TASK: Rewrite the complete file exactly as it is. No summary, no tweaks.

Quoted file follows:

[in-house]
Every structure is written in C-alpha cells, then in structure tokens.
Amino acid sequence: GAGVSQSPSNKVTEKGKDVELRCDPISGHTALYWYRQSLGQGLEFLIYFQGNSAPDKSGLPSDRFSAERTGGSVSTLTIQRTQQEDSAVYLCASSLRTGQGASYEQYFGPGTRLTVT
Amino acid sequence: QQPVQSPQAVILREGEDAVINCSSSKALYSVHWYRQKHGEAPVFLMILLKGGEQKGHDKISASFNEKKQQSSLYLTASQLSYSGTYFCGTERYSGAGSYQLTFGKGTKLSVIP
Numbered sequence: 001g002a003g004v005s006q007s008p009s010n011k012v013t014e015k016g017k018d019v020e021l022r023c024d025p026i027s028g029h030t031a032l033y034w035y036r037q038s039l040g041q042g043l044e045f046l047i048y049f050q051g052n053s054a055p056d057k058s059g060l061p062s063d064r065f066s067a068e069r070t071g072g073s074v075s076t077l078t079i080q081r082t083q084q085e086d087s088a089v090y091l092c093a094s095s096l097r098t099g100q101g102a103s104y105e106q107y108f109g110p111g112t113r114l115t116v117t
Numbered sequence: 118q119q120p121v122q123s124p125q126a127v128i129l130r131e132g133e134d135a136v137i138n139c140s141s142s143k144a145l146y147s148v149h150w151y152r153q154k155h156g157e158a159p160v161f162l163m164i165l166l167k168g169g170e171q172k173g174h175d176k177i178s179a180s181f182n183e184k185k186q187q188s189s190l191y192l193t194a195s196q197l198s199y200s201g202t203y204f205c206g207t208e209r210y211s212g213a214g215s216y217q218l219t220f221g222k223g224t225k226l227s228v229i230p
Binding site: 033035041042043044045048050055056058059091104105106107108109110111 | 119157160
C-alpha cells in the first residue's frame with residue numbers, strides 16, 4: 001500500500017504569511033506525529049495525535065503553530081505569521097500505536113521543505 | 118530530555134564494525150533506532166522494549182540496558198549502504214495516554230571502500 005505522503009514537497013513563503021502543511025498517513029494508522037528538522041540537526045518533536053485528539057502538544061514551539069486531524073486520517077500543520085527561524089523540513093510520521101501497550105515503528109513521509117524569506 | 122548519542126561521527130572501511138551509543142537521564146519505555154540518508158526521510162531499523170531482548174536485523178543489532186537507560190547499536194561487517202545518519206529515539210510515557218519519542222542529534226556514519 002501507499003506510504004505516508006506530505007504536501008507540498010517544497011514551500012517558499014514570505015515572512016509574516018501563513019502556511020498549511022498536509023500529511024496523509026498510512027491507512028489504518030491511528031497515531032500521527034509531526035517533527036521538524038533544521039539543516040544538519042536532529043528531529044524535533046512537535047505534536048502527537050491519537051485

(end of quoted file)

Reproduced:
[in-house]
Every structure is written in C-alpha cells, then in structure tokens.
Amino acid sequence: GAGVSQSPSNKVTEKGKDVELRCDPISGHTALYWYRQSLGQGLEFLIYFQGNSAPDKSGLPSDRFSAERTGGSVSTLTIQRTQQEDSAVYLCASSLRTGQGASYEQYFGPGTRLTVT
Amino acid sequence: QQPVQSPQAVILREGEDAVINCSSSKALYSVHWYRQKHGEAPVFLMILLKGGEQKGHDKISASFNEKKQQSSLYLTASQLSYSGTYFCGTERYSGAGSYQLTFGKGTKLSVIP
Numbered sequence: 001g002a003g004v005s006q007s008p009s010n011k012v013t014e015k016g017k018d019v020e021l022r023c024d025p026i027s028g029h030t031a032l033y034w035y036r037q038s039l040g041q042g043l044e045f046l047i048y049f050q051g052n053s054a055p056d057k058s059g060l061p062s063d064r065f066s067a068e069r070t071g072g073s074v075s076t077l078t079i080q081r082t083q084q085e086d087s088a089v090y091l092c093a094s095s096l097r098t099g100q101g102a103s104y105e106q107y108f109g110p111g112t113r114l115t116v117t
Numbered sequence: 118q119q120p121v122q123s124p125q126a127v128i129l130r131e132g133e134d135a136v137i138n139c140s141s142s143k144a145l146y147s148v149h150w151y152r153q154k155h156g157e158a159p160v161f162l163m164i165l166l167k168g169g170e171q172k173g174h175d176k177i178s179a180s181f182n183e184k185k186q187q188s189s190l191y192l193t194a195s196q197l198s199y200s201g202t203y204f205c206g207t208e209r210y211s212g213a214g215s216y217q218l219t220f221g222k223g224t225k226l227s228v229i230p
Binding site: 033035041042043044045048050055056058059091104105106107108109110111 | 119157160
C-alpha cells in the first residue's frame with residue numbers, strides 16, 4: 001500500500017504569511033506525529049495525535065503553530081505569521097500505536113521543505 | 118530530555134564494525150533506532166522494549182540496558198549502504214495516554230571502500 005505522503009514537497013513563503021502543511025498517513029494508522037528538522041540537526045518533536053485528539057502538544061514551539069486531524073486520517077500543520085527561524089523540513093510520521101501497550105515503528109513521509117524569506 | 122548519542126561521527130572501511138551509543142537521564146519505555154540518508158526521510162531499523170531482548174536485523178543489532186537507560190547499536194561487517202545518519206529515539210510515557218519519542222542529534226556514519 002501507499003506510504004505516508006506530505007504536501008507540498010517544497011514551500012517558499014514570505015515572512016509574516018501563513019502556511020498549511022498536509023500529511024496523509026498510512027491507512028489504518030491511528031497515531032500521527034509531526035517533527036521538524038533544521039539543516040544538519042536532529043528531529044524535533046512537535047505534536048502527537050491519537051485